At The Heart Of The Game

Cover Story

April 02, 2000|By Jonathan Pitts | Jonathan Pitts,Sun Staff

HE HUNKERS AT THE plate, as thickly padded as an armored vehicle. He has the clearest perspective on the field: Nearly everything happens in front of him. He's in on every single play -- calling pitches, setting up hitters, blocking, throwing. No other fielder affects outcomes as deeply. And while baseball's boundaries, the foul lines, theoretically extend to infinity, he squats at their intersection, right at the heart of the game.

As the Orioles' 47th season opens, take a look at the National Pastime -- as we did during spring training -- through the iron mask of one of its most accomplished catchers, Baltimore's own Charles Johnson. Five years in the big leagues and 19 behind the plate have loaded the soft-spoken catcher with lore. Over the course of the nine innings that follow you might just glimpse, as we did, not only something of the home team's hopes in the year 2000, but also some of the deeper dynamics that govern the grand old game. As the umpire cries: Play Ball.


School Days

It's a warm, sun-drenched morning in South Florida. On the back field at Fort Lauderdale Stadium, bench coach Brian Graham has taken the Orioles through a brisk infield practice -- "GFF: That's for 'good fielding, fellas!' " he cries -- and calls for a water break. In an instant, the diamond empties. It's vacant as an open plain.

Empty, that is, except for two towering figures by the third-base bag, standing and gazing in the dirt. Cal Ripken Jr., the 6'4" legend with the iron-gray hair, is toeing the earth like a matador, etching a diagram with his cleats. Charles Johnson, the 6'3" catcher, has loped over to join him. They talk, gesture, erase the sketch, make another, talk some more: For 20 minutes, they're engrossed in conversation -- the top two students staying long after school.

Ripken, now entering his 20th year as an Oriole, is endlessly fascinated with the minutiae of the sport and knows that mastering each detail might mean winning a game. Today, they're working on a pickoff play. "I thought that was a good opportunity to discuss where Charles likes to throw," he says. "At third, you don't have too many chances to do that. Sometimes that becomes a critical situation, and you need to know you're on the same page." The field is more useful than a chalkboard.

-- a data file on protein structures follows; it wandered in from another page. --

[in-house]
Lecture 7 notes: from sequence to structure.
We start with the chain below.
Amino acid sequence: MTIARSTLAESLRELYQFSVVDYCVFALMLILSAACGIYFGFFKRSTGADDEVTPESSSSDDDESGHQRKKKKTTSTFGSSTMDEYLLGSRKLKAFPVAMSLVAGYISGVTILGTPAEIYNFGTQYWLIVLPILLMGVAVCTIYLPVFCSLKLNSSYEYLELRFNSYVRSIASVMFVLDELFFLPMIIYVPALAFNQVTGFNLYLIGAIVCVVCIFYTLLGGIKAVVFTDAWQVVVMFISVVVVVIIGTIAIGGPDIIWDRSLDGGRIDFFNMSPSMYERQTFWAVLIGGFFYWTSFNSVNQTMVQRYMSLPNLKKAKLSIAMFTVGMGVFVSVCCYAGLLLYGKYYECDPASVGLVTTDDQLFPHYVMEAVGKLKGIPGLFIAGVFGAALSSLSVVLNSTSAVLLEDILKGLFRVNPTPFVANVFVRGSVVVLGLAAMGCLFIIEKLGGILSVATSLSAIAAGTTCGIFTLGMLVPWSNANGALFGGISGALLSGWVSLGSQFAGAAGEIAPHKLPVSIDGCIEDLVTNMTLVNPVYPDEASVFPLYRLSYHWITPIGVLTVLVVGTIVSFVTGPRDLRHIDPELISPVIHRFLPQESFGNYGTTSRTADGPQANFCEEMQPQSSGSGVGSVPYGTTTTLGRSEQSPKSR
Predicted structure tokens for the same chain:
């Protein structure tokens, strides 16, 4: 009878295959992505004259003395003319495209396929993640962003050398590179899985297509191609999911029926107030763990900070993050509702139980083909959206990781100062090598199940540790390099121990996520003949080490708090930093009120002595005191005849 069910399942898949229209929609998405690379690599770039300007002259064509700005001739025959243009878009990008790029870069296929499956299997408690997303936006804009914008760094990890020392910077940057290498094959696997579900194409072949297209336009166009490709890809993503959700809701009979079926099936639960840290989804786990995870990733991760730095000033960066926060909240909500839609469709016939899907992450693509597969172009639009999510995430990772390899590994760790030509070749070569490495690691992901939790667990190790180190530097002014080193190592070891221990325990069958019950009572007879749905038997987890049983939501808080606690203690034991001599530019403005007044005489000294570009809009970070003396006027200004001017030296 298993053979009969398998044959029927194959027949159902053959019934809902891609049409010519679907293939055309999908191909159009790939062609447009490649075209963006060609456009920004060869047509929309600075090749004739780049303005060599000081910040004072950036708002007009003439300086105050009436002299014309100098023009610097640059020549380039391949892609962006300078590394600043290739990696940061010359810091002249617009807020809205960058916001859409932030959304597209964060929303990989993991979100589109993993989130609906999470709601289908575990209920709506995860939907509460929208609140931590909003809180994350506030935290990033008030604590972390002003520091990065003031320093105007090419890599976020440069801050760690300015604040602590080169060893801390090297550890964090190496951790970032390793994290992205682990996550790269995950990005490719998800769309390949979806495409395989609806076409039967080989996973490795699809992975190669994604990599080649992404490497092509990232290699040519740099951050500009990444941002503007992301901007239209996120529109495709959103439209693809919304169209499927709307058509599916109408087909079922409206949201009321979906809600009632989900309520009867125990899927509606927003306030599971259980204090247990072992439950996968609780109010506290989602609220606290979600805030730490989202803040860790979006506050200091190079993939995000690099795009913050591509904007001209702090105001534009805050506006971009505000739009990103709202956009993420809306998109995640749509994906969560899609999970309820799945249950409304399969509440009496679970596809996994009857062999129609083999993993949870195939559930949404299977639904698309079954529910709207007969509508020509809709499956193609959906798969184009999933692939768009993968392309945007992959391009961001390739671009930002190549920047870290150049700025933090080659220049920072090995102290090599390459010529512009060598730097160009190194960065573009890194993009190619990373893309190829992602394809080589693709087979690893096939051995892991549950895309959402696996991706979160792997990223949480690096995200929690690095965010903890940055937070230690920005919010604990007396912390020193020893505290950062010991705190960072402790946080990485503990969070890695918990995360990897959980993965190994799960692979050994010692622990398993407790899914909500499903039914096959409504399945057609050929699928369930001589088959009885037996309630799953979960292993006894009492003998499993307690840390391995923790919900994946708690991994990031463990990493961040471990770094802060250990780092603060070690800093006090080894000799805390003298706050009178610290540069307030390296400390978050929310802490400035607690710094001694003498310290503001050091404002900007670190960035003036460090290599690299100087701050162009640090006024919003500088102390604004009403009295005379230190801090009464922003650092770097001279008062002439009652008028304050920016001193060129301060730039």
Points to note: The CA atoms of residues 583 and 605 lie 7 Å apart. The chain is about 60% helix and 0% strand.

Johnson, too, is engaged by the subject. "I'll do it by feel in a game, but we decided I'll throw to the inside of the bag, not at the bag," he says. "That way I'll miss the base runner and Cal will get a good look at the ball."

The play might occur twice a month during the season, but they've walked it through, committed it to memory.

Johnson took up catching as a boy at age 9 exactly because it presented such situations so often. "I was an outfielder," he says. "I noticed I didn't get that many balls out there. It got a little boring." He caught batting practice, liked being involved on every pitch, and got hooked. There's never enough you can learn. "That's why, during the season, I meet so much with the coaches, with the pitchers. There's always some small thing, something new you can do to help the cause." The man who has won four Gold Glove awards in five big-league years -- symbolizing leaguewide supremacy at his position -- grows thoughtful. "I keep my ears open," he says. "Catching is demanding, both physically and mentally. It's a tiring position, but that's why I love it."

Come 11:15, they cut the conversation short, trot to the main field and pull their bats out of the rack. It's batting practice time. The star pupils have skipped recess.


Blow by Blow

Would you trade your health for the chance to do your job better? Nine innings a game, 130 or more games a year, one nasty foul tip at a time, catchers do. "They call catching gear 'the tools of ignorance,' " says new Orioles manager Mike Hargrove with a laugh. "They don't say that because catchers are stupid. They say it because you've got to be an idiot to want to play there in the first place."

He's kidding, but just barely. Sure, Hargrove calls his catcher "our coach on the field" -- "he directs the way we attack the hitter" -- but like many baseball men, he speaks of catchers with an odd blend of humor and awe. "They do get mighty beat up. Go up to an old catcher. Check out his hands. You'd better have a strong stomach. Those fingers will be pointing in every which direction."

Johnson takes his bumps and bruises in stride; through practice and repetition, he eliminated his fear of the baseball long ago. He gets clobbered with foul tips at least three or four times a week; the trick is not to resist. "Some guys want to tighten up their bodies, turn their heads to the side, fight the baseball," says the 28-year-old with the face as calm and round as Buddha's. "But when you do that, you can leave your neck or your body exposed. You have to trust your gear. Let the ball hit it. Let it bounce off your gear, not your body."

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